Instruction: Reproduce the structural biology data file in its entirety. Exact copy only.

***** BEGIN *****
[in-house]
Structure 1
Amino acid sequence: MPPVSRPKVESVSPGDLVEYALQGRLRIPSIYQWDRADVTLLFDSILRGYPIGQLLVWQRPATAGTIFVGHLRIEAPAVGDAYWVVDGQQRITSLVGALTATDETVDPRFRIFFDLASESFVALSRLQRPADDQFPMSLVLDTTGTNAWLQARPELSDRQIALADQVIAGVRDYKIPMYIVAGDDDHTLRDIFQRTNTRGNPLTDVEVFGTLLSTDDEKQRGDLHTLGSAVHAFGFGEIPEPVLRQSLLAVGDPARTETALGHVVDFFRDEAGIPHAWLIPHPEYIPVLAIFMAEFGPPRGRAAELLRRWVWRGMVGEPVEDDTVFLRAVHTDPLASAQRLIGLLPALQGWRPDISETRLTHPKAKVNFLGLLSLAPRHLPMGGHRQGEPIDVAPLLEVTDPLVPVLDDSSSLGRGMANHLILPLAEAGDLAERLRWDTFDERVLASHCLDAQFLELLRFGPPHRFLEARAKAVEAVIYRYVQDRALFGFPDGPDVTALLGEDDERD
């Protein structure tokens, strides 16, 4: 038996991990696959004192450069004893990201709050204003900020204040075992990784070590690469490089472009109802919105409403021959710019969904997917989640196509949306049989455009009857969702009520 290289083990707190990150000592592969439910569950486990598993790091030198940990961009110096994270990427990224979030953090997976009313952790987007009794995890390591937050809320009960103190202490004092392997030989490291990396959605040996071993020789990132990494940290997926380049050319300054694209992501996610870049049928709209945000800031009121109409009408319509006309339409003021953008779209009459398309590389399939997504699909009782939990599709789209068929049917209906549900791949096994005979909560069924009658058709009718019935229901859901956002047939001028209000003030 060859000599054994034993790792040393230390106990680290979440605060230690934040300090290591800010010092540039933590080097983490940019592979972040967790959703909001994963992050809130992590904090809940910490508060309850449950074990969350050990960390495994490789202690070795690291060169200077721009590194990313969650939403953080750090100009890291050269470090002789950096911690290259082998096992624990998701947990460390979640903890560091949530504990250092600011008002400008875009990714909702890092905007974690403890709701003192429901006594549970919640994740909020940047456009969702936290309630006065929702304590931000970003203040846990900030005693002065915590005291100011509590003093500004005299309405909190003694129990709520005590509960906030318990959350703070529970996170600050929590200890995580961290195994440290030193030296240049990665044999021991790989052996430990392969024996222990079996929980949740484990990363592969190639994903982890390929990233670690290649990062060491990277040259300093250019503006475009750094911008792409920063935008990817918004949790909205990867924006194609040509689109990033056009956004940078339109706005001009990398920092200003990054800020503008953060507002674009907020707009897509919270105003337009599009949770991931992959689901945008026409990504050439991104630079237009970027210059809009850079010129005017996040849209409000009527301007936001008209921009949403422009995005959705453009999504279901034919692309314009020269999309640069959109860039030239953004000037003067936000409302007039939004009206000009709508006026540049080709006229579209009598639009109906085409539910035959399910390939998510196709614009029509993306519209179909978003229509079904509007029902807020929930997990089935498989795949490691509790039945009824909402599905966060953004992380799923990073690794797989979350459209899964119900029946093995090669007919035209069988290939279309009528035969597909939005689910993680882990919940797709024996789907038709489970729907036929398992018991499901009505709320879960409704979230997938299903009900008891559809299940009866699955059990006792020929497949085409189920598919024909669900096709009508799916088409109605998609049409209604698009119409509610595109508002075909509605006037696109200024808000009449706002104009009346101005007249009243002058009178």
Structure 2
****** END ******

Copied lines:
[in-house]
Structure 1
Amino acid sequence: MPPVSRPKVESVSPGDLVEYALQGRLRIPSIYQWDRADVTLLFDSILRGYPIGQLLVWQRPATAGTIFVGHLRIEAPAVGDAYWVVDGQQRITSLVGALTATDETVDPRFRIFFDLASESFVALSRLQRPADDQFPMSLVLDTTGTNAWLQARPELSDRQIALADQVIAGVRDYKIPMYIVAGDDDHTLRDIFQRTNTRGNPLTDVEVFGTLLSTDDEKQRGDLHTLGSAVHAFGFGEIPEPVLRQSLLAVGDPARTETALGHVVDFFRDEAGIPHAWLIPHPEYIPVLAIFMAEFGPPRGRAAELLRRWVWRGMVGEPVEDDTVFLRAVHTDPLASAQRLIGLLPALQGWRPDISETRLTHPKAKVNFLGLLSLAPRHLPMGGHRQGEPIDVAPLLEVTDPLVPVLDDSSSLGRGMANHLILPLAEAGDLAERLRWDTFDERVLASHCLDAQFLELLRFGPPHRFLEARAKAVEAVIYRYVQDRALFGFPDGPDVTALLGEDDERD
């Protein structure tokens, strides 16, 4: 038996991990696959004192450069004893990201709050204003900020204040075992990784070590690469490089472009109802919105409403021959710019969904997917989640196509949306049989455009009857969702009520 290289083990707190990150000592592969439910569950486990598993790091030198940990961009110096994270990427990224979030953090997976009313952790987007009794995890390591937050809320009960103190202490004092392997030989490291990396959605040996071993020789990132990494940290997926380049050319300054694209992501996610870049049928709209945000800031009121109409009408319509006309339409003021953008779209009459398309590389399939997504699909009782939990599709789209068929049917209906549900791949096994005979909560069924009658058709009718019935229901859901956002047939001028209000003030 060859000599054994034993790792040393230390106990680290979440605060230690934040300090290591800010010092540039933590080097983490940019592979972040967790959703909001994963992050809130992590904090809940910490508060309850449950074990969350050990960390495994490789202690070795690291060169200077721009590194990313969650939403953080750090100009890291050269470090002789950096911690290259082998096992624990998701947990460390979640903890560091949530504990250092600011008002400008875009990714909702890092905007974690403890709701003192429901006594549970919640994740909020940047456009969702936290309630006065929702304590931000970003203040846990900030005693002065915590005291100011509590003093500004005299309405909190003694129990709520005590509960906030318990959350703070529970996170600050929590200890995580961290195994440290030193030296240049990665044999021991790989052996430990392969024996222990079996929980949740484990990363592969190639994903982890390929990233670690290649990062060491990277040259300093250019503006475009750094911008792409920063935008990817918004949790909205990867924006194609040509689109990033056009956004940078339109706005001009990398920092200003990054800020503008953060507002674009907020707009897509919270105003337009599009949770991931992959689901945008026409990504050439991104630079237009970027210059809009850079010129005017996040849209409000009527301007936001008209921009949403422009995005959705453009999504279901034919692309314009020269999309640069959109860039030239953004000037003067936000409302007039939004009206000009709508006026540049080709006229579209009598639009109906085409539910035959399910390939998510196709614009029509993306519209179909978003229509079904509007029902807020929930997990089935498989795949490691509790039945009824909402599905966060953004992380799923990073690794797989979350459209899964119900029946093995090669007919035209069988290939279309009528035969597909939005689910993680882990919940797709024996789907038709489970729907036929398992018991499901009505709320879960409704979230997938299903009900008891559809299940009866699955059990006792020929497949085409189920598919024909669900096709009508799916088409109605998609049409209604698009119409509610595109508002075909509605006037696109200024808000009449706002104009009346101005007249009243002058009178």
Structure 2